A letter from… Liberia
Yusuf learns to sew in Liberia
I am 23 and live in West Point, a township of the Liberian capital city, Monrovia. My home was washed out to sea last September by the coastal erosion taking place here. Since then, I have just been in the community, being passed around. My family did not have the finances to support me.
One day, my friends and I were listening to the radio when we heard the Young Man’s Christian Association (YMCA) were recruiting for some programmes. I went there to ask about the opportunity and filled in the form to apply. They told me to come back. I got the opportunity to go to the YMCA and was told I’d be coming to training.
I learnt sewing – how to become a tailor. It was a whole year of training and I enjoyed it. If you couldn’t get there, the YMCA helped and paid for your transport. Pauline, our trainer, helped me and always encouraged me. I call her my sister.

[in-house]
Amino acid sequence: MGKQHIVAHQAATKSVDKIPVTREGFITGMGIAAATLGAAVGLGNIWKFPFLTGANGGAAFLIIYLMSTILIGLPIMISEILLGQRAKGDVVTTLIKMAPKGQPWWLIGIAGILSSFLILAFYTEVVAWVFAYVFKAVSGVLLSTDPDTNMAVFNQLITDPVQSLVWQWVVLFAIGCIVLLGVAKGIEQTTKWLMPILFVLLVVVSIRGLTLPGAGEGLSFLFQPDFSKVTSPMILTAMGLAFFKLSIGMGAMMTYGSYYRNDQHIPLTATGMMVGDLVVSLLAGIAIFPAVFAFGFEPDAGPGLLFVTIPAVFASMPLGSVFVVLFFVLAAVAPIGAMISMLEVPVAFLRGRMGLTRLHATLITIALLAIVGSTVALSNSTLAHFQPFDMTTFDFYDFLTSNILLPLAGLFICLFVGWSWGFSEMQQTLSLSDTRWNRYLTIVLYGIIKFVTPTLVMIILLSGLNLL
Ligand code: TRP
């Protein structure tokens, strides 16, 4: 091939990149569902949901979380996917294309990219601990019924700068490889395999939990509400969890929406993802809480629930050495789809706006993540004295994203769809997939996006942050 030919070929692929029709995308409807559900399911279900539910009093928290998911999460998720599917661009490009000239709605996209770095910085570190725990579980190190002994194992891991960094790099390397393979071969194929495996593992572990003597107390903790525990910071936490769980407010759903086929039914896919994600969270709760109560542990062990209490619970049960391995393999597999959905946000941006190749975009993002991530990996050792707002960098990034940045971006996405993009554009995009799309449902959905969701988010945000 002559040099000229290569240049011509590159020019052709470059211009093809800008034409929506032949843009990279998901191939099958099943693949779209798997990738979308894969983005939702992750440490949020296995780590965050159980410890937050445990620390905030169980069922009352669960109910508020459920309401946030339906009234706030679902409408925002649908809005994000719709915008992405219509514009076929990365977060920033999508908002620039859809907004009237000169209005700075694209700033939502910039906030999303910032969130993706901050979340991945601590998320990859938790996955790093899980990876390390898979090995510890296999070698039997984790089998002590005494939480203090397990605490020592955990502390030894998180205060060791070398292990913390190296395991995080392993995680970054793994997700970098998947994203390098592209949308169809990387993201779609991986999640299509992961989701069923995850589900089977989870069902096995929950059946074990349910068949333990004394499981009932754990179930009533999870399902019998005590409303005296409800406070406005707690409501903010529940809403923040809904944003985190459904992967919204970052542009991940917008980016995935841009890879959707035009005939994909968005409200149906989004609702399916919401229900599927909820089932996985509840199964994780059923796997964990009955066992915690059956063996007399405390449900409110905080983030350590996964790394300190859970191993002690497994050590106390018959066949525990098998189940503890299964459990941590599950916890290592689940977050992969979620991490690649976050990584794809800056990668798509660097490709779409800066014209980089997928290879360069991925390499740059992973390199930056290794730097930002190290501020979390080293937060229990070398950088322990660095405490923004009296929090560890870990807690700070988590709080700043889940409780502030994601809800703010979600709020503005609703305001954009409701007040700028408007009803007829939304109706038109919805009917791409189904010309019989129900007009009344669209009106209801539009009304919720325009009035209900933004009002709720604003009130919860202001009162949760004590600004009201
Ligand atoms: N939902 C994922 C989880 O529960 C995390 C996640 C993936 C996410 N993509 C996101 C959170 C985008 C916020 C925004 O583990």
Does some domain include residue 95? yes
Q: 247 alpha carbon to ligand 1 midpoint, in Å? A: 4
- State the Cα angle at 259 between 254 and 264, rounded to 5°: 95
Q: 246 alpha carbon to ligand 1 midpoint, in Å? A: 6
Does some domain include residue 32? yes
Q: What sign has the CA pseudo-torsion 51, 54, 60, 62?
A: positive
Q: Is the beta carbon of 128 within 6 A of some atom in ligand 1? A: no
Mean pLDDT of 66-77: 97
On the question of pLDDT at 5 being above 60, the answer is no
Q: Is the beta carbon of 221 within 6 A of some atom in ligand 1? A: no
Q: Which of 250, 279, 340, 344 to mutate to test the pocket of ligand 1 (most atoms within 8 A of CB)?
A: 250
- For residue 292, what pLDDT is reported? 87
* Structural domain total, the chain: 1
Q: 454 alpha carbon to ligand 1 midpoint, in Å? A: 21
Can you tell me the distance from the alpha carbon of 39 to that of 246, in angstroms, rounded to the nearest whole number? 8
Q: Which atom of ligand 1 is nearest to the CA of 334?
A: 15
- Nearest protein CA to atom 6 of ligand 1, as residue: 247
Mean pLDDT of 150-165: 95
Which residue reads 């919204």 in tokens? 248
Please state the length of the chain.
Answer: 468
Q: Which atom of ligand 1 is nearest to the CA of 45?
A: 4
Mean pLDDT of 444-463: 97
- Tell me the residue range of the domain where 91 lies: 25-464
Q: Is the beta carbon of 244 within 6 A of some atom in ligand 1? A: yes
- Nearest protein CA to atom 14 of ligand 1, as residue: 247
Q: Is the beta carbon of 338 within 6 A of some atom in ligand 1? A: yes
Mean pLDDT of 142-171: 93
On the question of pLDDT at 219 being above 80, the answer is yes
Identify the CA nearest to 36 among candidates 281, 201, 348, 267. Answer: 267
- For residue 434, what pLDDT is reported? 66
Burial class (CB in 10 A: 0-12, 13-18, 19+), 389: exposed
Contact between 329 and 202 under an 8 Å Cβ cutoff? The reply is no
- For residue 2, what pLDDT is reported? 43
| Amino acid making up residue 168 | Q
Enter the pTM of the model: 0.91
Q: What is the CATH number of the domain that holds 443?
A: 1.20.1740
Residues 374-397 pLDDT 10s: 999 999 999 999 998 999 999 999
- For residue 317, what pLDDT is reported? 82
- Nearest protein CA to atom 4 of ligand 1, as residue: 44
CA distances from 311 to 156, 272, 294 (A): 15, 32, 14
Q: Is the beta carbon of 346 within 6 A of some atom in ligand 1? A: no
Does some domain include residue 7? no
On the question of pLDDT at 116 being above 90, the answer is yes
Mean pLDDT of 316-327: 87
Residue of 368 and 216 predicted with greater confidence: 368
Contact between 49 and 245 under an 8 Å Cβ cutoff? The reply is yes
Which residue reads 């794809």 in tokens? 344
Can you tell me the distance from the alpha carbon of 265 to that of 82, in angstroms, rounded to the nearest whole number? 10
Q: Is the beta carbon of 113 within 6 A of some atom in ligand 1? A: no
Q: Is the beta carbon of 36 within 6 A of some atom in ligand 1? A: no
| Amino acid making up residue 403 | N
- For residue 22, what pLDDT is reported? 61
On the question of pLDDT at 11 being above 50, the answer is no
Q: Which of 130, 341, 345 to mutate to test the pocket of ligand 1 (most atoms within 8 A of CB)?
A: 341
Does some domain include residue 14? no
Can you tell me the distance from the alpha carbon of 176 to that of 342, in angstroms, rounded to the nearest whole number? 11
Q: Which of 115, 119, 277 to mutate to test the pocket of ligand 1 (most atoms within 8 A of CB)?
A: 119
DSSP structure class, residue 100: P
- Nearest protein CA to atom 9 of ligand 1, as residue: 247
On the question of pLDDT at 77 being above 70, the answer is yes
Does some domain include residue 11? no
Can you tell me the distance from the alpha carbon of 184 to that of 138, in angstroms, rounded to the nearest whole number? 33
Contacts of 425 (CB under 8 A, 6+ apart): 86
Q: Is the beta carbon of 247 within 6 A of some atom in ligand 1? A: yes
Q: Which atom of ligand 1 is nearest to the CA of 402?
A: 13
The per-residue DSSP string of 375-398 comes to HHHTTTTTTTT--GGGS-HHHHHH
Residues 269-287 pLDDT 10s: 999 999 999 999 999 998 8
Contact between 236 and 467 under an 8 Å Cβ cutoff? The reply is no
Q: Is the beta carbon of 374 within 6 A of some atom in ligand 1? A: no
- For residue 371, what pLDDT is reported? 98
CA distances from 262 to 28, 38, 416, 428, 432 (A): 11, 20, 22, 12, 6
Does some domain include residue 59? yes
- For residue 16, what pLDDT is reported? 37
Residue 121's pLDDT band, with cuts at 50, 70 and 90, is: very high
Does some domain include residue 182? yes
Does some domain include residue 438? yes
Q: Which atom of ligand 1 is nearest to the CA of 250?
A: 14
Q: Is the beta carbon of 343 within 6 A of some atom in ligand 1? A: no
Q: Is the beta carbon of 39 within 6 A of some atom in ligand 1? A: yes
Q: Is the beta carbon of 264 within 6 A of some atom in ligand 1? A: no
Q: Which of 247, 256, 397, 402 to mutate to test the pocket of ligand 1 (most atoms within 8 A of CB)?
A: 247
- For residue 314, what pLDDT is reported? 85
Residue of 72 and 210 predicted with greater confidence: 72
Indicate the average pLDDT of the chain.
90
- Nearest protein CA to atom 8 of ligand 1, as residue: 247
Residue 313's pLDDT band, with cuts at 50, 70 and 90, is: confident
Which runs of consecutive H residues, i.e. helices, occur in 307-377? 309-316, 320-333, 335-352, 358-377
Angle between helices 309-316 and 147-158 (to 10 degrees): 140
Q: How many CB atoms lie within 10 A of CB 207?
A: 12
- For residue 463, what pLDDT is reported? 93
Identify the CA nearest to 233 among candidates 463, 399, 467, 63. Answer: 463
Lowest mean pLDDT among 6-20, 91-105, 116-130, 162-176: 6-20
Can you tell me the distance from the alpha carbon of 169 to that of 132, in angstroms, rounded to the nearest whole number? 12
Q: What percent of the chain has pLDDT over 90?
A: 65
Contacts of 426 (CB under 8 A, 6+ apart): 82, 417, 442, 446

Now I work and have a shop where my family lives. I help my parents to buy food and to save. The income from tailoring helps me to save money. And I am helping other young people through training…
Yusuf is one of 75,000 people trying to survive in West Point, Liberia. The country has experienced violent civil war and mass tragedy caused by the Ebola epidemic. The average age of Liberians is now 18.
Y Care International is the Young Man’s Christian Association (YMCA)’s global lead in youth enterprise and employment; it works in 15 of the world’s poorest countries, supporting disadvantaged young people. Y Care International aims to create one million work opportunities by 2030. Yusuf’s story is shared as part of Y Care International’s Christmas appeal. Donations to the charity will be doubled by match funding. To donate, call 020 7549 3175 or visit ycareinternational.org/appeal/Liberia
This is an extract from an article that was published in the December 2018 / January 2019 edition of Reform